Fifty years after its publication by City Lights in San Francisco, Allen Ginsberg's "Howl" still manages to provoke a diverse array of reactions from the reading public. Ridicule is common, as is enthusiastic devotion. Whether its reception is due to poetic merit or simple notoriety, one can't help but marvel at the fact that the poem has reached and influenced a vast worldwide audience.
The Poem That Changed America: "Howl" Fifty Years Later focuses on those who have drawn some kind of illumination from it, or those who had some kind of contact with Ginsberg and the cultural birth of the Beat Generation. The book is a collection of essays by many well-known writers, including Andrei Codrescu, Rick Moody, and Luc Sante.
Rick Moody's essay, "On the Granite Steps of the Madhouse with Shaven Heads," writes about the motivation the poem provided for him and his band when he was a student, and he suggests that punk's anti-authoritarian ideological stance is a direct descendent of "Howl".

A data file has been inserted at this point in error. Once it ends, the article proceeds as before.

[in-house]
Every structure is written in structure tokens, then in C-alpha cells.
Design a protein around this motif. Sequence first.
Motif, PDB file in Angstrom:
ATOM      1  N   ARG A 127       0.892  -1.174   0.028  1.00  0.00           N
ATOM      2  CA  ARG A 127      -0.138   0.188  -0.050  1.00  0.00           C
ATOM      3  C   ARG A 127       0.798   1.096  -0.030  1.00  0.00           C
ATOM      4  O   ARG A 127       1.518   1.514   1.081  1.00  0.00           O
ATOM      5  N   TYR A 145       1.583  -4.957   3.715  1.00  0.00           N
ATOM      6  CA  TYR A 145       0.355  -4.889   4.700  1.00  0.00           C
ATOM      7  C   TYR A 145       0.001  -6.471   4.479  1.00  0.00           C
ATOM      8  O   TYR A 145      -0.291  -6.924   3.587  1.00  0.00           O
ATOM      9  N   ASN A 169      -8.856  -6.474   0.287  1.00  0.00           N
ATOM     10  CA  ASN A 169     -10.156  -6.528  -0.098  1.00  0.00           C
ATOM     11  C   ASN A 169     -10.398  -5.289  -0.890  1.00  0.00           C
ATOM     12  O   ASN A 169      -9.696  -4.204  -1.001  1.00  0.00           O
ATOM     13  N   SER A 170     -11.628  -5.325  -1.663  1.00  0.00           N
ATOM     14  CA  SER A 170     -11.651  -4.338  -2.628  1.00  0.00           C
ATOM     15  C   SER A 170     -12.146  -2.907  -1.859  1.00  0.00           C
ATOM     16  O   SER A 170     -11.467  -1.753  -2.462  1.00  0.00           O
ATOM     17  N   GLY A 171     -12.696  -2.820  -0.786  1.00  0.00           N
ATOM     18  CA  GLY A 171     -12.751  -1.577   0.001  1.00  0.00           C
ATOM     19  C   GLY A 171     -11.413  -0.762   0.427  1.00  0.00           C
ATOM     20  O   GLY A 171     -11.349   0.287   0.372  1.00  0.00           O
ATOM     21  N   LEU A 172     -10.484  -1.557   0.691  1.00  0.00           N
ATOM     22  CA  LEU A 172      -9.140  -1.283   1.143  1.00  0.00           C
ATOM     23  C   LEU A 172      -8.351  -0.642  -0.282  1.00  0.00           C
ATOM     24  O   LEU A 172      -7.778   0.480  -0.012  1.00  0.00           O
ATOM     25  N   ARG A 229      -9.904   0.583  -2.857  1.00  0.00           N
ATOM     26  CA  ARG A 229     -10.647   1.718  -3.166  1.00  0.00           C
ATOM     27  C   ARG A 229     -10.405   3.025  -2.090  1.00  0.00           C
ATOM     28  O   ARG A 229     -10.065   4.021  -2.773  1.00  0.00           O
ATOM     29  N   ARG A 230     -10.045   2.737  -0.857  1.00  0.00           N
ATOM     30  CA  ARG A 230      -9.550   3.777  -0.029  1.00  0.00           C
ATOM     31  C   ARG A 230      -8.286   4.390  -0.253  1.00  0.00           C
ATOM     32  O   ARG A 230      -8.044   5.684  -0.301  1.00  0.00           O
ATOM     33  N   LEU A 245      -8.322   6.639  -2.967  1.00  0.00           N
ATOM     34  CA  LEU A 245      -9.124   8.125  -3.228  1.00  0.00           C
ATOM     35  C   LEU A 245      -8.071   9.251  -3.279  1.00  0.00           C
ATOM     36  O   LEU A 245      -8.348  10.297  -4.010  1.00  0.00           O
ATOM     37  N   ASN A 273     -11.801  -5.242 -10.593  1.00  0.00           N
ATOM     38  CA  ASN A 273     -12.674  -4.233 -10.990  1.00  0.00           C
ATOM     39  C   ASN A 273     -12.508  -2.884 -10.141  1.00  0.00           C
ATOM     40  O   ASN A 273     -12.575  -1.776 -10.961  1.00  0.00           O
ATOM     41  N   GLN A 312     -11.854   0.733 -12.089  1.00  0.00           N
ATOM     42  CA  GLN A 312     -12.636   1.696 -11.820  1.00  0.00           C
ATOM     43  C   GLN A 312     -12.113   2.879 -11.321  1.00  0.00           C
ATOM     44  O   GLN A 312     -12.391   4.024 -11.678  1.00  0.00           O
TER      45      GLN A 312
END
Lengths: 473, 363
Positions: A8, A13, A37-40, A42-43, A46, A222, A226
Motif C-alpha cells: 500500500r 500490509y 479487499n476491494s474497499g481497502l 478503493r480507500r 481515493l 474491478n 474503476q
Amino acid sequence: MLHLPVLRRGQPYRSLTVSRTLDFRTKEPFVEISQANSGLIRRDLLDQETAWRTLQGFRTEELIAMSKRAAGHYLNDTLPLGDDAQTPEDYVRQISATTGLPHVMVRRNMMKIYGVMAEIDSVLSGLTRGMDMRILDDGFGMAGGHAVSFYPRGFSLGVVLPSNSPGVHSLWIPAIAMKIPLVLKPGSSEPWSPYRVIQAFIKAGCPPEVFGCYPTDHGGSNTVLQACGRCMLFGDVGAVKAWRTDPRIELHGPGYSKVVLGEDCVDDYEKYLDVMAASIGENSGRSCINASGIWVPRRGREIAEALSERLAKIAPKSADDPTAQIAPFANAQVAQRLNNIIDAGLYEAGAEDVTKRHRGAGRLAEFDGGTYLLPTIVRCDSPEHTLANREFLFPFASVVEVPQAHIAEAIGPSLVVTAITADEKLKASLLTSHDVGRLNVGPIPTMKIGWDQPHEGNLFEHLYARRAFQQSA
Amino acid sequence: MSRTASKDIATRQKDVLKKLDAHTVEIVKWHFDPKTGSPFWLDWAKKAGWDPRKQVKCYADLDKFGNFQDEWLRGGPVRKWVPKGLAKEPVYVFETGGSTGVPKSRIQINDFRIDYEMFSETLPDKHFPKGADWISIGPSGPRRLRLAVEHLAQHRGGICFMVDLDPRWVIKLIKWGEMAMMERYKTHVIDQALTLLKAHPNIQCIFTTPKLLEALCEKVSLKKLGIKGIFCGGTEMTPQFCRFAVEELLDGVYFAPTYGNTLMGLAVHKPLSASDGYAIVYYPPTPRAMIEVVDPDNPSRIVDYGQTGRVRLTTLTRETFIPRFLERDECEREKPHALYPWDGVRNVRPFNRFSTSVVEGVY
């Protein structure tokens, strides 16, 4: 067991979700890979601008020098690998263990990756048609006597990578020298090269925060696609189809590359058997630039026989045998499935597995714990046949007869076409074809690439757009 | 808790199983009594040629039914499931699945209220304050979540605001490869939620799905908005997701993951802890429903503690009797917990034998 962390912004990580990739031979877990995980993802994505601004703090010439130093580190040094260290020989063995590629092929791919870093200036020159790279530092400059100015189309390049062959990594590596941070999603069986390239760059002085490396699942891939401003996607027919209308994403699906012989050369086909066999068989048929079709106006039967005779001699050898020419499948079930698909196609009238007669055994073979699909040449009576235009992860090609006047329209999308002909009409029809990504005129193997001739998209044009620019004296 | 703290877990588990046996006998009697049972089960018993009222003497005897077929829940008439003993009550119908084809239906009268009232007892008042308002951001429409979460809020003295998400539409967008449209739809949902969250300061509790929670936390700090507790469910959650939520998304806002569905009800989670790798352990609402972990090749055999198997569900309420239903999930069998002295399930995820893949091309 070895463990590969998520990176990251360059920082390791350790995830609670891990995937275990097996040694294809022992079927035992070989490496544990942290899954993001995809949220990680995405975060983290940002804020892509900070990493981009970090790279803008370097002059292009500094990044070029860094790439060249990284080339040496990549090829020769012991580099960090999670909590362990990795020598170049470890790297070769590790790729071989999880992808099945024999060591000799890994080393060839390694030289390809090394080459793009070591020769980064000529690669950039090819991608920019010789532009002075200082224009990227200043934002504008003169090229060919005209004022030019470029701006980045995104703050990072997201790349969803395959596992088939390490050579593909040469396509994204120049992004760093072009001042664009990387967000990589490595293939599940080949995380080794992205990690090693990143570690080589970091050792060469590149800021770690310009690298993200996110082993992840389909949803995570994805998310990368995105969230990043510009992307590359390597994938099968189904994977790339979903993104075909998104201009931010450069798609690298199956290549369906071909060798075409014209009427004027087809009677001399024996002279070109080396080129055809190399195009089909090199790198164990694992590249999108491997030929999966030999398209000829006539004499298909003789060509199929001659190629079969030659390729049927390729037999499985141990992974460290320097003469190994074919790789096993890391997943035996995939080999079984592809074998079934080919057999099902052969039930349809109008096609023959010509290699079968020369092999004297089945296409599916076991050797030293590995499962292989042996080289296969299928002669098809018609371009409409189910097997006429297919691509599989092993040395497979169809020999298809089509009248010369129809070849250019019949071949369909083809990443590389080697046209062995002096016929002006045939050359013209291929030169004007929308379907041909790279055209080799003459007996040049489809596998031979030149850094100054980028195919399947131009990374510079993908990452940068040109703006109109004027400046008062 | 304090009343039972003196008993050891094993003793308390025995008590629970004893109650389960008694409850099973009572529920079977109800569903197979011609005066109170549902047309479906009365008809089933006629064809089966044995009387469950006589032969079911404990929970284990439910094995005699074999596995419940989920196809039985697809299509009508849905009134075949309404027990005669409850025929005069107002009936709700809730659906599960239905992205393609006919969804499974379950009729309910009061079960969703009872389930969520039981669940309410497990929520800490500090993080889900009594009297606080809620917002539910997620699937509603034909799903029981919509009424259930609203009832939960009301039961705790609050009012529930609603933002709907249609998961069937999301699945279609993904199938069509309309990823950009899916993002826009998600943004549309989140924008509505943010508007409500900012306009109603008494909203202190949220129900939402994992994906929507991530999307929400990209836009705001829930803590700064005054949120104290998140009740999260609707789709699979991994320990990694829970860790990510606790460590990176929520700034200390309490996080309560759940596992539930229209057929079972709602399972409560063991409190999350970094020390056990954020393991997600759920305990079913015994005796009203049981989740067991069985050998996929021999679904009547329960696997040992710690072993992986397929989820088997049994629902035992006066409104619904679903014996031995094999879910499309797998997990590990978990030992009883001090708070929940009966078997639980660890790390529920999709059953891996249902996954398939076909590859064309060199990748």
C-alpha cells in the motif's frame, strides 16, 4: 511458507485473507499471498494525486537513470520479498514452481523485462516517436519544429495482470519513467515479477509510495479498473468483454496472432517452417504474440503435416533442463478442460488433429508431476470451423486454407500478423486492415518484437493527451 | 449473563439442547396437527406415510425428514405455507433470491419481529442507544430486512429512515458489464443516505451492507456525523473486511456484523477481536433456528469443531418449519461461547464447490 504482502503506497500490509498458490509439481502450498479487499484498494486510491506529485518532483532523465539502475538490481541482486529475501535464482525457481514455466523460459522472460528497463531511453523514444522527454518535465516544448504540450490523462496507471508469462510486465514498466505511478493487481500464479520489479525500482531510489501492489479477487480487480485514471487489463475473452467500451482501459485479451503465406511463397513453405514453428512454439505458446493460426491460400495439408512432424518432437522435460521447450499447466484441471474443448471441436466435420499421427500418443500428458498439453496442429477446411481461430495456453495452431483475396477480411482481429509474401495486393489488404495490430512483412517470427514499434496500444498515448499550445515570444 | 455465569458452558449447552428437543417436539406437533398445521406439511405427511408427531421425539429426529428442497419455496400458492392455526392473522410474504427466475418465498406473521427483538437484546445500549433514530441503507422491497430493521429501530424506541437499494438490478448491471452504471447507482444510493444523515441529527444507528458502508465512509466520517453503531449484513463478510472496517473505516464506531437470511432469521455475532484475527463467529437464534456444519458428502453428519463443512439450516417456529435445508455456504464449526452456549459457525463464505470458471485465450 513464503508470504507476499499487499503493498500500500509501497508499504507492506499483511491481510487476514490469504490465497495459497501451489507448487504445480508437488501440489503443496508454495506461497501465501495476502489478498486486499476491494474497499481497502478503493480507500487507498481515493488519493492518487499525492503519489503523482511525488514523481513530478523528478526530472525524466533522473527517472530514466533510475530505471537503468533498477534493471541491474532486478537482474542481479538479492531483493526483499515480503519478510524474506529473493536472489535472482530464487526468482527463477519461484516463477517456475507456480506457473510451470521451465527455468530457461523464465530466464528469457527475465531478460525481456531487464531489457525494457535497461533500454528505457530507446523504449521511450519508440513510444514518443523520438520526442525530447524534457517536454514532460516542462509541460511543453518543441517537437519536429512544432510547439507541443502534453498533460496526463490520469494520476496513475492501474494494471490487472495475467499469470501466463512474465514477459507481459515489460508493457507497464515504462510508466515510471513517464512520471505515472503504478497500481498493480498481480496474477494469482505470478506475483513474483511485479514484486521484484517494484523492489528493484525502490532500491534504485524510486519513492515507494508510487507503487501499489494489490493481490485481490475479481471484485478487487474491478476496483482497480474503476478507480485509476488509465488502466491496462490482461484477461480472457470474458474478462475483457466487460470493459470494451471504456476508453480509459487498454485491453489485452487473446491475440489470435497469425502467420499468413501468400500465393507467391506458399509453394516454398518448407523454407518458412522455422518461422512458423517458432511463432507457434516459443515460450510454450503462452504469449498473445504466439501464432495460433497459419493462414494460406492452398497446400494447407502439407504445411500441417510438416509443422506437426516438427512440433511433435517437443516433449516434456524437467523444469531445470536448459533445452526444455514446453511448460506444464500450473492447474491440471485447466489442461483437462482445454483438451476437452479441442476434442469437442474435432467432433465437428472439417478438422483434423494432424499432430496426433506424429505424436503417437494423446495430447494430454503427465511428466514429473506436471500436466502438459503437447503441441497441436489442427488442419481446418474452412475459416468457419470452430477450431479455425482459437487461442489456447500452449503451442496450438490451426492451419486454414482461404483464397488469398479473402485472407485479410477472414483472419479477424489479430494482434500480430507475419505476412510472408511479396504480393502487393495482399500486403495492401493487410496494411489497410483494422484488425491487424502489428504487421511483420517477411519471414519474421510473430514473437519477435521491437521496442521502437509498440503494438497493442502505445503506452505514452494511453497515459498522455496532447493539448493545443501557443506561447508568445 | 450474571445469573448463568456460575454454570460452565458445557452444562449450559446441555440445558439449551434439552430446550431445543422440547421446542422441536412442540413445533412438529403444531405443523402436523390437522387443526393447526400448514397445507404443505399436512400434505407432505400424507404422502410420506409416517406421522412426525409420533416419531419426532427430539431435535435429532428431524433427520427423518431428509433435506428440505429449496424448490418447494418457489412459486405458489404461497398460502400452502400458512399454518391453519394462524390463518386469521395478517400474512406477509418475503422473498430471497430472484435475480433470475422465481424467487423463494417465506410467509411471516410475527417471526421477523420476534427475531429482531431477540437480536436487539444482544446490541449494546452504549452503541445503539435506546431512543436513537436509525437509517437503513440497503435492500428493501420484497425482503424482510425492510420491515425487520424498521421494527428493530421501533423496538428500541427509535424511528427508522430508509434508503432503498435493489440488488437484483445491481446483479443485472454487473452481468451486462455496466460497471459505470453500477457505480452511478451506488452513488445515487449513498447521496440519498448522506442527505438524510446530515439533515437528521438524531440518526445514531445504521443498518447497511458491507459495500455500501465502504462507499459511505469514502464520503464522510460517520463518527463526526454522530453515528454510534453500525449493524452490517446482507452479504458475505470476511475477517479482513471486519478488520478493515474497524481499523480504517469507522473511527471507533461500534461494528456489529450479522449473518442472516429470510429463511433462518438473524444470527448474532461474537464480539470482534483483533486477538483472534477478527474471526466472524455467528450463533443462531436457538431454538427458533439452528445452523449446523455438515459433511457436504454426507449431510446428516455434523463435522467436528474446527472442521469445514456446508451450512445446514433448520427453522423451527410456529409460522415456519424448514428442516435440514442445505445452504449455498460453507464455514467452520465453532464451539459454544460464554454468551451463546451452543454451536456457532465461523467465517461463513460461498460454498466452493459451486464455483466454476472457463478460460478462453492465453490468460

Andrei Codrescu's essay, "'Howl' In Transylvania," recalls receiving a smuggled, translated copy of the poem in Romania—and the impact this had on both his attitude and his writing. "I had become instantly infected by an irresistible appetite for freedom," he writes, going on to describe how the poem made its way through the "light-starved minds" of his generation in all the countries of the Eastern Bloc.
But while there are many interesting ideas in The Poem That Changed America, there's only so much room in a collection like this for full elaborations of the poem's impact, which might have made some of the pieces more convincing. The especially illuminating essays fully plunge into one aspect of the poem—like Marjorie Perloff's excellent deconstruction, "'Howl' And The Language Of Modernism," which focuses entirely on interpreting the poem's specific poetic effects.
However, the book's strength still lies in the panoply of opinions, criticisms, and interpretations expressed, and should give new and seasoned readers of the poem plenty to think about.